Doyle was a staunch supporter of compulsory and wrote several articles advocating for the practice and denouncing the views of. The Appeal's Pocket Series. A is over the front door.
Doyle was a keenand between 1899 and 1907 he played 10 matches for the MCC. Retrieved 5 October 2014. The Life of Sir Arthur Conan Doyle. The Life and Times of Arthur Conan Doyle. But technically his last name is too 'Doyle'. An Entirely New Country: Arthur Conan Doyle, Undershaw and the Resurrection of Sherlock Holmes. One of the five photographs of Frances Griffiths with thetaken by Elsie Wright in July 1917 Doyle was also inspired by his Spiritualist beliefs to write a novel on the subject,featuring the character Professor Challenger. Arthur Conan Doyle: Beyond Baker Street. The story of Doyle and Edalji was dramatised in an episode of the 1972 BBC television series, The Edwardians.
Doyle's father died in 1893, in the , , after many years of psychiatric illness. Conan Doyle and the Mysterious World of Light, 1887—1920. From 1876 to 1881, Doyle studied medicine at the , including periods working in then a town in , now part of , and , Shropshire. While studying, Doyle began writing short stories.
The Adventures of Sherlock Holmes - The plans were realised in full, but neither the golf course nor the buildings have survived. Doyle had served as a volunteer doctor in the Langman Field Hospital at between March and June 1900.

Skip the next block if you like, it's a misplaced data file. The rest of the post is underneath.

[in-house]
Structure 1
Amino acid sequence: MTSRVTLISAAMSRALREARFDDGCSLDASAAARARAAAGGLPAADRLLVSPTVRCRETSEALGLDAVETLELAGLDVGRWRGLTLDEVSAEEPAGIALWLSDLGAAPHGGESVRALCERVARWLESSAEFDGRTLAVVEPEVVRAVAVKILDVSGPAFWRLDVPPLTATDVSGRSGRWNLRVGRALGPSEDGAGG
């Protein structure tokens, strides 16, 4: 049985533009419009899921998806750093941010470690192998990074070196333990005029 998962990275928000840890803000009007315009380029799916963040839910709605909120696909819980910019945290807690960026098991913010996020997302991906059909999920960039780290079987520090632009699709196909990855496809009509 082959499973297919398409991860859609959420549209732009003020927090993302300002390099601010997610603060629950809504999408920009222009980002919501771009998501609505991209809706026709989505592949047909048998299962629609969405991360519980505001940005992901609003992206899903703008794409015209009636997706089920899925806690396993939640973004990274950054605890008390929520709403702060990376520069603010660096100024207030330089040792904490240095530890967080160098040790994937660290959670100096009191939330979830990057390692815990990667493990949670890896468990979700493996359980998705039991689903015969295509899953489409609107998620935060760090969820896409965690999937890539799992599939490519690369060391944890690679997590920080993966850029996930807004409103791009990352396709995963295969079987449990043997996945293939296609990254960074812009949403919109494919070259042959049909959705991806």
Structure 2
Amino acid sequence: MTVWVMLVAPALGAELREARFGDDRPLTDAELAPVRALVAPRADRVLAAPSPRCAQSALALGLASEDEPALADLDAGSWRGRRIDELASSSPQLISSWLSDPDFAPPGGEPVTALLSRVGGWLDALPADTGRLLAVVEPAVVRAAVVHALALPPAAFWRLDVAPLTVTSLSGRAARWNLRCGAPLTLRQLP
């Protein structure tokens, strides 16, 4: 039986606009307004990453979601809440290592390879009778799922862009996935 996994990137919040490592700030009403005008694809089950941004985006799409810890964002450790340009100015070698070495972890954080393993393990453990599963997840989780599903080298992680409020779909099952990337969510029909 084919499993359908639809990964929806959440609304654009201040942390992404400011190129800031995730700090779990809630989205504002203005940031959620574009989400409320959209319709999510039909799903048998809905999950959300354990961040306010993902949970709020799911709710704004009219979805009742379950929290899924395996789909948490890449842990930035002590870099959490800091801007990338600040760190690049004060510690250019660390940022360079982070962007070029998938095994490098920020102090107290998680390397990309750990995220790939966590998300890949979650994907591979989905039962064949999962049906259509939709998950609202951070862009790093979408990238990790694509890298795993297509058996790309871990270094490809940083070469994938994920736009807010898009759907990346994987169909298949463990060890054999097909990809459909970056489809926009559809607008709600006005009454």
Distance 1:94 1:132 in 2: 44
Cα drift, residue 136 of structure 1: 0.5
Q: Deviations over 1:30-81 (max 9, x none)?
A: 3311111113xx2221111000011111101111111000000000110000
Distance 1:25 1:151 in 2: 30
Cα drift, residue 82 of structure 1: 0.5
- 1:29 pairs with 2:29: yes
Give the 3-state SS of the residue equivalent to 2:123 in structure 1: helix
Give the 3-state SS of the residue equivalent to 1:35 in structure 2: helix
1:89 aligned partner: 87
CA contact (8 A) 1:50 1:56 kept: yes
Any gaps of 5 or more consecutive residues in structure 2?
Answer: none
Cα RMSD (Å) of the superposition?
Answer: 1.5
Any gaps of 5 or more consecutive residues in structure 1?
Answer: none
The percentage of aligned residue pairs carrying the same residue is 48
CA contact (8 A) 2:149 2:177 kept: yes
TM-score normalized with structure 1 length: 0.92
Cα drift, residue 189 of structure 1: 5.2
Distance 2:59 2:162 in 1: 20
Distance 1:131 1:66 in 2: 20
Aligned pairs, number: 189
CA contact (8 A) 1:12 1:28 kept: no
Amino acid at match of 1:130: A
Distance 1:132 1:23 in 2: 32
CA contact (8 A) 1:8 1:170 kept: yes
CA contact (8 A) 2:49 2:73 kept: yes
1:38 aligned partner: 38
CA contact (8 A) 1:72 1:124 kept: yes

For the rugby player, see. Sir Arthur Ignatius Conan Doyle 22 May 1859 — 7 July 1930 was a British writer best known for his featuring the character. Originally a , in 1887 he published , the first of four novels about Holmes and. In addition, Doyle wrote over fifty short stories featuring the famous detective. The Sherlock Holmes stories are generally considered milestones in the field of. Arthur Conan Doyle Jean Leckie m. It also names Michael Conan as his. Shortly after he graduated from high school he began using Conan as a sort of surname. But technically his last name is simply 'Doyle'. Nevertheless, the actual use of a compound surname is demonstrated by the fact that Doyle's second wife was known as Jean Conan Doyle rather than Jean Doyle. Portrait of Doyle by , 1893 Doyle was born on 22 May 1859 at 11 Picardy Place, , Scotland. His father, , was born in England, of descent, and his mother, Mary née Foley , was Irish Catholic. His parents married in 1855. In 1864 the family dispersed because of Charles's growing , and the children were temporarily housed across Edinburgh. In 1867, the family came together again and lived in squalid at 3. Doyle's father died in 1893, in the , , after many years of psychiatric illness. Supported by wealthy uncles, Doyle was sent to England, at the , in at the age of nine 1868—70. He then went on to until 1875. While Doyle was not unhappy at Stonyhurst, he did not have any fond memories since the school was run on medieval principles, with subjects covering rudiments, , , , and the classics. From 1875 to 1876, he was educated at the Jesuit school in , Austria. His family decided that he would spend a year there with the objective of perfecting his and broadening his academic horizons. He later rejected the Catholic faith and became an. A source attributed his drift from religion to science and reason to the time spent in the less strict Austrian school. He also later became a. From 1876 to 1881, Doyle studied medicine at the , including periods working in then a town in , now part of , and , Shropshire. During that time, he studied practical botany at the in Edinburgh. While studying, Doyle began writing short stories. As after his graduation from university in 1881, he was ship's surgeon on the SS Mayumba during a voyage to the coast. He completed his degree an advanced degree in Scotland beyond the usual medical degrees on the subject of in 1885. In 1882, Doyle joined former classmate George Turnavine Budd as his partner at a medical practice in , but their relationship proved difficult, and Doyle soon left to set up an independent practice. Arriving in in June 1882, with less than £10 £900 today to his name, he set up a medical practice at 1 Bush Villas in Elm Grove,. The practice was not successful. While waiting for patients, Doyle returned to writing fiction. Doyle was a staunch supporter of compulsory and wrote several articles advocating for the practice and denouncing the views of. In early 1891, Doyle attempted the study of in. He had previously studied at the Portsmouth Eye Hospital to qualify to perform eye tests and prescribe glasses. Vienna was suggested by his friend Vernon Morris as a place to spend six months and train to be an eye surgeon. Doyle found it too difficult to understand the German medical terms at the classes in Vienna and quickly quit his studies there. For the rest of his two-month stay in Vienna, he pursued other activities, such as with his wife Louisa and drinking with Brinsley Richards of the London Times. He also wrote The Doings of Raffles Haw. After visiting and , he spent a few days in observing Edmund Landolt, an expert on diseases of the eye. Within three months of his departure for Vienna, Doyle returned to London. He opened a small office and consulting room at 2 Upper Wimpole Street, or 2 Devonshire Place as it was then. A is over the front door. He had no patients according to his autobiography and his efforts as an ophthalmologist were a failure. Main article: Sherlock Holmes Doyle struggled to find a publisher for his work. His first work featuring Sherlock Holmes and Dr. Watson, , was taken by on 20 November 1886, giving Doyle £25 £2500 today for all rights to the story. The piece appeared one year later in the and received good reviews in and the. Holmes was partially modelled on his former university teacher. John Watson owes his surname, but not any other obvious characteristic, to a Portsmouth medical colleague of Doyle's, Dr James Watson. A sequel to A Study in Scarlet was commissioned, and appeared in in February 1890, under agreement with the Ward Lock company. Doyle felt grievously exploited by Ward Lock as an author new to the publishing world and he left them. Short stories featuring Sherlock Holmes were published in the. Doyle wrote the first five Holmes short stories from his office at 2 Upper Wimpole Street then known as Devonshire Place , which is now marked by a memorial plaque. Sherlock Holmes statue in Edinburgh, erected opposite the birthplace of Doyle, which was demolished c. He takes my mind from better things. As a result, he became one of the best-paid authors of his time. Public outcry, however, led him to feature Holmes in 1901 in the novel. Holmes was ultimately featured in a total of 56 —the last published in 1927—and four novels by Doyle, and has since appeared in. Other works Doyle's house in Doyle's first novels were , not published until 1888, and the unfinished , published only in 2011. The latter popularised the mystery of the and added fictional details such as the perfect condition of the ship which had actually taken on water by the time it was discovered and its boats remaining on board the one boat was in fact missing that have come to dominate popular accounts of the incident. Doyle's spelling of the ship's name as Marie Celeste has become more common in everyday use than the original form. Between 1888 and 1906, Doyle wrote seven historical novels, which he and many critics regarded as his best work. He also authored nine other novels, and later in his career 1912—29 five narratives, two of novel length, featuring the irascible scientist. The Challenger stories include what is probably his best-known work after the Holmes oeuvre,. His historical novels include and its follow-up , set in the. He was a prolific author of short stories, including two collections set in featuring the French character. While living in , the seaside resort of , Doyle played as a goalkeeper for , an amateur side, under the pseudonym A. Doyle was a keen , and between 1899 and 1907 he played 10 matches for the MCC. He also played for the amateur cricket team the alongside authors and. His highest score, in 1902 against , was 43. He was an occasional bowler who took just one first-class wicket, although one of the highest pedigree as it was. Doyle was an amateur. In 1909, he was invited to referee the — heavyweight championship fight in. However, the distance and my engagements presented a final bar. He had moved to Little Windlesham house in with Jean Leckie, his second wife, and resided there with his family from 1907 until his death in July 1930. She was the youngest daughter of J. Hawkins, of , Gloucestershire, and the sister of one of Doyle's patients. In 1907 he married Jean Elizabeth Leckie 14 March 1874 — 27 June 1940 , whom he had first met and fallen in love with in 1897. He had maintained a platonic relationship with Jean while his first wife was still alive, out of loyalty to her. Jean died in London. Doyle fathered five children. He had two with his first wife: Mary Louise 28 January 1889 — 12 June 1976 and Arthur Alleyne Kingsley, known as Kingsley 15 November 1892 — 28 October 1918. He had an additional three with his second wife: Denis Percy Stewart 17 March 1909 — 9 March 1955 , second husband of Princess ; 19 November 1910 — 3 June 1970 ; and 21 December 1912 — 18 November 1997. All of Doyle's five children died without issue, leaving him with no grandchildren or direct descendants. Following the in South Africa at the turn of the 20th century and the condemnation from some quarters over the 's role, Doyle wrote a short work titled The War in South Africa: Its Cause and Conduct, which argued that the UK's role in the Boer War was justified, and which was widely translated. Doyle had served as a volunteer doctor in the Langman Field Hospital at between March and June 1900. Doyle believed that this publication was responsible for his being as a by in 1902 and for his appointment as a Deputy-Lieutenant of. Also in 1900 he wrote a book,. He stood for Parliament twice as a —in 1900 in and in 1906 in the —but although he received a respectable vote, he was not elected. Doyle was appointed a Knight of Grace of the in 1903. Doyle was a supporter of the campaign for the reform of the , led by the journalist and diplomat. During 1909 he wrote , a long pamphlet in which he denounced the horrors of that colony. He became acquainted with Morel and Casement, and it is possible that, together with , they inspired several characters in the 1912 novel. Doyle broke with Robinson when he became one of the leaders of the movement during the. When Casement was found guilty of against after the , Doyle tried unsuccessfully to save him from facing the death penalty, arguing that Casement had been driven mad and could not be held responsible for his actions. Doyle statue in , East Sussex Doyle was also a fervent advocate of justice and personally investigated two closed cases, which led to two men being exonerated of the crimes of which they were accused. The first case, in 1906, involved a shy half-British, half-Indian lawyer named who had allegedly penned threatening letters and mutilated animals in. Police were set on Edalji's conviction, even though the mutilations continued after their suspect was jailed. Apart from helping George Edalji, Doyle's work helped establish a way to correct other miscarriages of justice, as it was partially as a result of this case that the was established in 1907. The story of Doyle and Edalji was dramatised in an episode of the 1972 BBC television series, The Edwardians. In Nicholas Meyer's pastiche 1976 , Holmes manages to help clear the name of a shy Indian character wronged by the English justice system. Edalji was of Parsi heritage on his father's side. The story was fictionalised in 's 2005 novel , which was adapted into a three-part drama by ITV in 2015. The second case, that of , a and gambling-den operator convicted of bludgeoning an 82-year-old woman in in 1908, excited Doyle's curiosity because of inconsistencies in the prosecution case and a general sense that Slater was not guilty. He ended up paying most of the costs for Slater's successful appeal in 1928. Doyle had a longstanding interest in subjects. He was initiated as a 26 January 1887 at the Phoenix Lodge No. He resigned from the Lodge in 1889, but returned to it in 1902, only to resign again in 1911. Also in Southsea in 1887, influenced by a member of the Portsmouth Literary and Philosophical Society, Major-General , he began a series of psychic investigations. These included attending around 20 , experiments in and sittings with mediums. Writing to journal , that year, he declared himself to be a Spiritualist and spoke of one particular psychic event that had convinced him. Though he later wavered, he remained fascinated by the. He was a founding member of the Hampshire Society for Psychical Research in 1889 and joined the London-based in 1893. He joined Sir Sidney Scott and on a poltergeist investigation in Devon in 1894. Nevertheless, during this period, he remained, in essence, a dilettante. During 1916, at the height of , a change came over Conan Doyle's beliefs prompted by the apparent psychic abilities of his children's nanny, Lily Loder Symonds. The New Revelation was the title of his first Spiritualist work, published two years later. In the intervening years, he wrote to Light magazine about his faith and lectured frequently on the truth of Spiritualism. War-related deaths close to him certainly strengthened his long-held belief in life after death and spirit communication, though it is wrong to claim that the death of his son, Kingsley, turned him to Spiritualism, as is often stated. Doyle came out as a Spiritualist to the public in 1916, a full two years before his son's death. It was on 28 October 1918 that Kingsley died from pneumonia contracted during his convalescence after being seriously wounded in the 1916. Doyle's brother Innes Doyle died, also from pneumonia, in February 1919. His two brothers-in-law one of whom was , creator of the literary character and his two nephews also died shortly after the war. His second book on Spiritualism, , appeared in 1919. Doyle found solace supporting spiritualism and its attempts to find proof of. In particular, according to some, he favoured and encouraged the to accept an eighth precept — that of following the teachings and example of. He was a member of the renowned supernatural organisation. Doyle with his family in New York City, 1922 In 1919 the magician staged a séance at his own flat in , with Doyle in attendance. Some later commentators have stated that he declared the manifestations to be genuine. In 1920, Doyle debated the claims of with the notable sceptic at Queen's Hall in London. McCabe later published his evidence against the claims of Doyle and Spiritualism in a booklet entitled Is Spiritualism Based on Fraud? Doyle believed that many cases of diagnosed were the result of. He debated the psychiatrist , who was diametrically opposed to Doyle's views. He travelled to Australia and New Zealand on spiritualist missionary work in 1920, and continued his mission all the way up to his death, speaking about his spiritualist conviction in Britain, Europe, and the United States. One of the five photographs of Frances Griffiths with the , taken by Elsie Wright in July 1917 Doyle was also inspired by his Spiritualist beliefs to write a novel on the subject, , featuring the character Professor Challenger. He wrote many other non-fictional Spiritualist works; perhaps his most famous being The Coming of the Fairies 1922 which reveals Conan Doyle's conviction in the veracity of the five photographs. He reproduced them in the book, together with theories about the nature and existence of fairies and spirits. Initially suspected of being falsified, the photos were decades later determined to be faked along with admissions from the photographers. Doyle was friends for a time with , the American magician who himself became a prominent opponent of the Spiritualist movement in the 1920s following the death of his beloved mother. Although Houdini insisted that Spiritualist mediums employed trickery and consistently exposed them as frauds , Doyle became convinced that Houdini himself possessed supernatural powers—a view expressed in Doyle's The Edge of the Unknown. Houdini was apparently unable to convince Doyle that his feats were simply illusions, leading to a bitter public falling out between the two. A specific incident is recounted in memoirs by Houdini's friend , in which Houdini performed an impressive trick at his home in the presence of Conan Doyle. According to Ernst, Conan Doyle refused to believe it was a trick. In 1922, the psychical researcher accused the spirit photographer of fraud. Doyle defended Hope, but further evidence of trickery was obtained from other researchers. Doyle and spiritualist were duped into believing had genuine psychic powers, both claiming that the Zancigs used. In 1924 Julius and Agnes Zancig confessed that their act was a trick and published the secret code and all the details of the trick method they had used, under the title Our Secrets!! Doyle praised the phenomena and spirit produced by and , who were both exposed as frauds. Doyle's two-volume book The History of Spiritualism was published in 1926. Leslie Curnow, a spiritualist, contributed much research to the book. In 1926, wrote a predominantly supportive review of Doyle's book The History of Spiritualism in the journal. This caused controversy, and several critics such as pointed to the evidence of fraud in mediumship and Doyle's non-scientific approach to the subject. In 1927, Doyle spoke in a filmed interview about Sherlock Holmes and spiritualism. Milner says that Doyle had a motive—namely, revenge on the scientific establishment for debunking one of his favourite psychics—and that contains several encrypted clues regarding his involvement in the hoax. Façade of with Doyle's children, Mary and Kingsley, on the drive Doyle commissioned a newly-built home from Joseph Henry Ball, an architect friend, in 1895, and played an active part of the design process. He lived in which is near in from October 1897 to September 1907. It was a hotel and restaurant from 1924 until 2004, when it was bought by a developer and stood empty while conservationists and Doyle fans fought to preserve it. In 2012, the in London ruled the redevelopment permission be quashed because proper procedure had not been followed, but it is now due to become part of the Stepping Stones school for children with disabilities and additional needs. Doyle was staying at the during March 1912 and made his most ambitious foray into architecture: sketching the original designs for a third storey extension and altering the front facade to the building. Work began later that year and the building as it is today is a near perfect expression of Doyle's plans. In 1914, on a family trip to the Jasper National Park in Canada, he designed a golf course and ancillary buildings for a hotel. The plans were realised in full, but neither the golf course nor the buildings have survived. In 1926, Doyle laid the foundation stone for a Spiritualist temple in Camden, London. Of the building's total £600 construction costs, he provided £500. Doyle in 1930, the year of his death, with his son Adrian Doyle was found clutching his chest in the hall of Windlesham Manor, his house in , East Sussex, on 7 July 1930. He died of a heart attack at the age of 71. He was first buried on 11 July 1930 in Windlesham rose garden. He was later reinterred together with his wife in churchyard in the , Hampshire. Carved wooden tablets to his memory and to the memory of his wife, originally from the church at Minstead, are on display as part of a Sherlock Holmes exhibition at Portsmouth Museum. A statue honours Doyle at Crowborough Cross in Crowborough, where he lived for 23 years. There is a statue of Sherlock Holmes in Picardy Place, , close to the house where Doyle was born. Sherlock Holmes Handbook 2nd ed. Retrieved 11 February 2017. Sherlock Holmes for Dummies. Retrieved 30 December 2009. Retrieved 13 January 2011. Some sources say there were nine children, some say ten. It seems three died in childhood. Arthur Conan Doyle: A Life in Letters. Arthur Conan Doyle: Beyond Baker Street. New York: Oxford University Press. The Scientific Sherlock Holmes: Cracking the Case with Science and Forensics. New York: Oxford University Press. The Adventures of Arthur Conan Doyle. New York: Random House. The Life and Times of Arthur Conan Doyle. In time, he would reject the Catholic religion and become an agnostic. Arthur Conan Doyle: Beyond Baker Street. Ruyton XI Towns, Unusual Name, Unusual History. Retrieved 9 January 2016. Teller of Tales: The Life of Arthur Conan Doyle. BMJ Publishing Group Ltd. Retrieved 2 February 2014. BMJ Publishing Group Ltd. Retrieved 2 February 2014. Retrieved 24 May 2015. Dangerous Work: Diary of an Arctic Adventure. University Of Chicago Press; ;. Retrieved 6 November 2017. The Adventures of Conan Doyle. Retrieved 21 October 2016. Edgar Allan Poe: A to Z. New York: Checkmark Books, 2001. The Life of Sir Arthur Conan Doyle. Bowling Green, OH: Bowling Green State University Popular Press. Retrieved 4 January 2012. Retrieved 6 June 2011. Full-Time at The Dell. Retrieved 17 January 2018. Retrieved 2 March 2010. Retrieved 23 July 2018. Oxford University Press, 2012;. The New York Times. The Adventures of Arthur Conan Doyle. New York: Thomas Dunne Books, 2008. Archived from on 3 October 2011. Retrieved 2 October 2011. PIETRE-STONES REVIEW OF FREEMASONRY. Retrieved 13 March 2015. Conan Doyle and the Mysterious World of Light, 1887—1920. Conan Doyle and the Mysterious World of Light, 1887—1920. Conan Doyle and the Mysterious World of Light, 1887—1920. Conan Doyle and the Mysterious World of Light, 1887—1920. Conan Doyle and the Mysterious World of Light, 1887—1920. Archived from on 3 July 2013. Retrieved 28 May 2013. Hidden Memories: Voices and Visions from Within. The Illustrated History of Magic. Conan Doyle and the Mysterious World of Light, 1887—1920. Devilish But True: The Doctor Looks at Spiritualism. Retrieved 12 June 2013. Secrets of the Psychics: Investigating Paranormal Claims. The Committee for Skeptical Inquiry. Archived from on 12 April 2017. Retrieved 19 November 2017. The Committee For Skeptical Inquiry. Retrieved 5 December 2013. The Secret Life of Houdini: The Making of America's First Superhero. Final Séance: The Strange Friendship Between Houdini and Conan Doyle. The Secret Life of Houdini: The Making of America's First Superhero. Sherlock Holmes and his Creator. Teller of Tales: The Life of Arthur Conan Doyle. Retrieved 5 October 2014. Retrieved 5 October 2014. Naked is the Best Disguise: The Death and Resurrection of Sherlock Holmes. An Entirely New Country: Arthur Conan Doyle, Undershaw and the Resurrection of Sherlock Holmes. Retrieved 12 November 2012. Retrieved 15 March 2016. Retrieved 15 March 2016. Retrieved 5 October 2014. The Doctor and the Detective: A Biography of Sir Arthur Conan Doyle. The Life of Sir Arthur Conan Doyle. Carroll and Graf Publishers. The Appeal's Pocket Series. Houdini and Conan Doyle: The Story of a Strange Friendship. Albert and Charles Boni, Inc. Conan Doyle for the Defense. Conan Doyle and the Spirits: The Spiritualist Career of Sir Arthur Conan Doyle. Arthur Conan Doyle: A Life in Letters. The Man Who Created Sherlock Holmes: The Life and Times of Sir Arthur Conan Doyle. The Adventures of Arthur Conan Doyle: A Biography. Conan Doyle: A Biography. Holt, Rinehart and Winston. Conan Doyle: A Biographical Solution. Littlehampton Book Services Ltd. Final Séance: The Strange Friendship Between Houdini and Conan Doyle. Teller of Tales: The Life of Arthur Conan Doyle.